“Here speeching American.” – A sign in a Mallorca shop entrance
Everybody can learn to speak another language. You did it with English, right? Whether you believe you can or can’t, you’re always right. Even if you don’t plan to travel abroad, here’s an outstanding reason to start:
After 7 weeks in Guatemala, I hope to leave the country speaking basic conversational Spanish. Part of this is so I can travel in South America and find work teaching English or art. Part is a curiosity about how I process the learning of a language.
I started learning French in grade school, and continued through high school. I wasn’t particularly adept, but I enjoyed it. A month as an exchange student in France was worth a couple of years of classroom learning. I studied French off and on since then, learning the most via trips to the country; turns out if you’re hungry or need a bathroom, the brain automatically remembers the necessary skills. I could read very well, writing was fairly easy, and speaking inspired the listener to switch to English. But I couldn’t understand more than a few words at a time, spoken very slowly, accompanied by frantic gestures.
Three years ago something clicked. I had been using the Pimsleur program to brush up on French and took weekly classes with a native French speaker. It was fun, but understanding was still a struggle. The more I tried grabbing at meanings, the more elusive they became.
I switched tactics of listening on that trip. My speaking skills had improved enough that Parisians answered me in French. Fast French. Instead of grabbing for meaning, I relaxed and let it come to me. A couple of days into the trip I asked for directions several times, totally understood the responses, and chalked it up to people speaking slowly and clearly.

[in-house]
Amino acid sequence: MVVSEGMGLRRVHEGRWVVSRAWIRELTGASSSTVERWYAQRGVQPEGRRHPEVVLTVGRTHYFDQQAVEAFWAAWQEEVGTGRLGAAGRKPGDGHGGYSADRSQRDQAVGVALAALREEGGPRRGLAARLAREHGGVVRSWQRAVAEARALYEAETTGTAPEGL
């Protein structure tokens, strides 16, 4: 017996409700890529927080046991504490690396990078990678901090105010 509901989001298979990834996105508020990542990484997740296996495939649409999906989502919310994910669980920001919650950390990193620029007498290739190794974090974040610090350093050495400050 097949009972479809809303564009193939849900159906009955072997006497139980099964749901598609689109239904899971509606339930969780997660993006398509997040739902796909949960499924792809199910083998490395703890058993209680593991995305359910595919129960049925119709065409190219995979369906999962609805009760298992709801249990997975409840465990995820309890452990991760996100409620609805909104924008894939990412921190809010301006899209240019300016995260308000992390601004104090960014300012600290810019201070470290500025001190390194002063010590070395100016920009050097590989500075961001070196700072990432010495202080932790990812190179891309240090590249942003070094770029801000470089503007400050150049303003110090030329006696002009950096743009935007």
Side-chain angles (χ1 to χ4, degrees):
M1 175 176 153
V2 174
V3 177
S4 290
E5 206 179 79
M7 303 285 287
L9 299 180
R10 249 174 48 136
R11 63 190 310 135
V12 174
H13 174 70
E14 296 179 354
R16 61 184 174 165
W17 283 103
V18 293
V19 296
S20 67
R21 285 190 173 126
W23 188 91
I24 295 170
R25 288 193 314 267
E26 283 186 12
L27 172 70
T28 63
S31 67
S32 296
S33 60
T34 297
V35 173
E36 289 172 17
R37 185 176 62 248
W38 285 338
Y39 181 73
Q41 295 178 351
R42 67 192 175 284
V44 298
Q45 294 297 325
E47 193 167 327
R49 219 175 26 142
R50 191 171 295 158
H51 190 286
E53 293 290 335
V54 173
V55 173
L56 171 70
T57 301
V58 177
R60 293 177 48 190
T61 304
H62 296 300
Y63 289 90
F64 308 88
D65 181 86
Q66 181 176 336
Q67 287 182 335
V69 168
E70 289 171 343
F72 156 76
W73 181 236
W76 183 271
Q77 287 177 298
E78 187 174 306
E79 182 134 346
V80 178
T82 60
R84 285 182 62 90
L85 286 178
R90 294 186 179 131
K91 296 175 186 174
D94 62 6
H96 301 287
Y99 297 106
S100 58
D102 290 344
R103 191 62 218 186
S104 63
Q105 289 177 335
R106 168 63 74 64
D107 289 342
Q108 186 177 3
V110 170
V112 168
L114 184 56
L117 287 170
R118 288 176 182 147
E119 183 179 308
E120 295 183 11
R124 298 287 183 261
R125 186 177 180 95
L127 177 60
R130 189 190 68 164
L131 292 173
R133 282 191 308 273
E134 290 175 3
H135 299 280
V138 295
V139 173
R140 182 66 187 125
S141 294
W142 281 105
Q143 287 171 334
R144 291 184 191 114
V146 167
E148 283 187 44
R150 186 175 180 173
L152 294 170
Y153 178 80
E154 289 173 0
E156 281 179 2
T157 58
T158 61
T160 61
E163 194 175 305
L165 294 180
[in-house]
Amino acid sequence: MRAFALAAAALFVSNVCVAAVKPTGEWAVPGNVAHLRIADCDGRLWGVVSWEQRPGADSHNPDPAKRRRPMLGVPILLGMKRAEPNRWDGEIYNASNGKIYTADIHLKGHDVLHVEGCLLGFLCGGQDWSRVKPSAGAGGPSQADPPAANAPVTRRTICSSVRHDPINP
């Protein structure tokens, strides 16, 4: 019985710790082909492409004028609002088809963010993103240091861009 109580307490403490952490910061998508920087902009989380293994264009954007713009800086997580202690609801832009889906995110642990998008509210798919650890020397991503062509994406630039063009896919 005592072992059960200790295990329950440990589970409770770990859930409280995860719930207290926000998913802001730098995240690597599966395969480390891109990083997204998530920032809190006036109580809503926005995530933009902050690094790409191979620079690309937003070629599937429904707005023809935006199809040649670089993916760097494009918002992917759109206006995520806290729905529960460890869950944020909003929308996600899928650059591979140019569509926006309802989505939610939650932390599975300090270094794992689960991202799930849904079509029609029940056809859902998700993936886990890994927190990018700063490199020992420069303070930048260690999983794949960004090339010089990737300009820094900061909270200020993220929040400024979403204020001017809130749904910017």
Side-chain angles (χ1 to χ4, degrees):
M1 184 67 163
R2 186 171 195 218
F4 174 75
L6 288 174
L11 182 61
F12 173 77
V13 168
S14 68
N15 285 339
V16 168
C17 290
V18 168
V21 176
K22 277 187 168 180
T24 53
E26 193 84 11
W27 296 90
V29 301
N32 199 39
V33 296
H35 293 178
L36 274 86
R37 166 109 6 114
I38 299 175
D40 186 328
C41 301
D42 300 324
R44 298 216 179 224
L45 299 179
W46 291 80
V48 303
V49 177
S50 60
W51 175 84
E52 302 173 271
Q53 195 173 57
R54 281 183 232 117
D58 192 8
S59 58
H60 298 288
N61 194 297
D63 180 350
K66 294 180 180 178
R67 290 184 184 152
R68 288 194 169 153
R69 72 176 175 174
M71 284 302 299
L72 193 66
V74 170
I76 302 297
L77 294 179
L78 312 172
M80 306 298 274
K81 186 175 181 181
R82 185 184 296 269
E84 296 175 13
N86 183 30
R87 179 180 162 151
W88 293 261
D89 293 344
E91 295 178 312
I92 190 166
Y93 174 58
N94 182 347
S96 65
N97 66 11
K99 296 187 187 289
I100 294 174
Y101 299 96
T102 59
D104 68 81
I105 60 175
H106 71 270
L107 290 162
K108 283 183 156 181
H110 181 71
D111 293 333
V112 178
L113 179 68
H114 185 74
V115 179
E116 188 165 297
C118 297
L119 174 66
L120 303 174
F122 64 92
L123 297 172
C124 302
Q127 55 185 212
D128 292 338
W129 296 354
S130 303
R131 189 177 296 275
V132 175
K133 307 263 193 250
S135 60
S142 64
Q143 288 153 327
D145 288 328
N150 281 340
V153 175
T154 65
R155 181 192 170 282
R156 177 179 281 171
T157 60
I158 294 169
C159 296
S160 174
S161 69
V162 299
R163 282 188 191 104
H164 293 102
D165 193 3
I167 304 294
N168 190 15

Then I went to a dry cleaner with a pair of silk pants that I had hand washed, with terrible results. The woman at the counter gave me a tongue-lashing: What was I thinking, getting silk wet? There was nothing, absolutely nothing she could do, she couldn’t guarantee any success at all. She would try, but do not expect anything. I understood every word! I grinned as she berated my good sense, because it was all crystal clear!
Fluency in French is still a goal. I can understand af lot, and hold a reasonable conversation. I use a lot of workarounds to compensate for vocabulary gaps. Finally, I have gained some sort of comfort with French.
A different language is a different vision of life. ~Federico Fellini
I believe it’s possible to learn as much Spanish in seven weeks as the amount of French learned in 35 years. The Spanish I know is mostly via Pimsleur Spanish I; this program works well for me because it’s based on auditory learning, my personal Waterloo. I’ve also picked up some vocabulary from Rosetta Stone, which I’ll continue using upon return to build vocabulary and grammar skills. In Guatemala I’ll be studying one-on-one with a teacher 6 hours each day, 5 days each week, for 6 weeks. I’m staying with local families and all activities (save blogging!) will be in Spanish. It’ll be interesting to be conscious of the learning process, and I suspect this consciousness will also make the learning easier.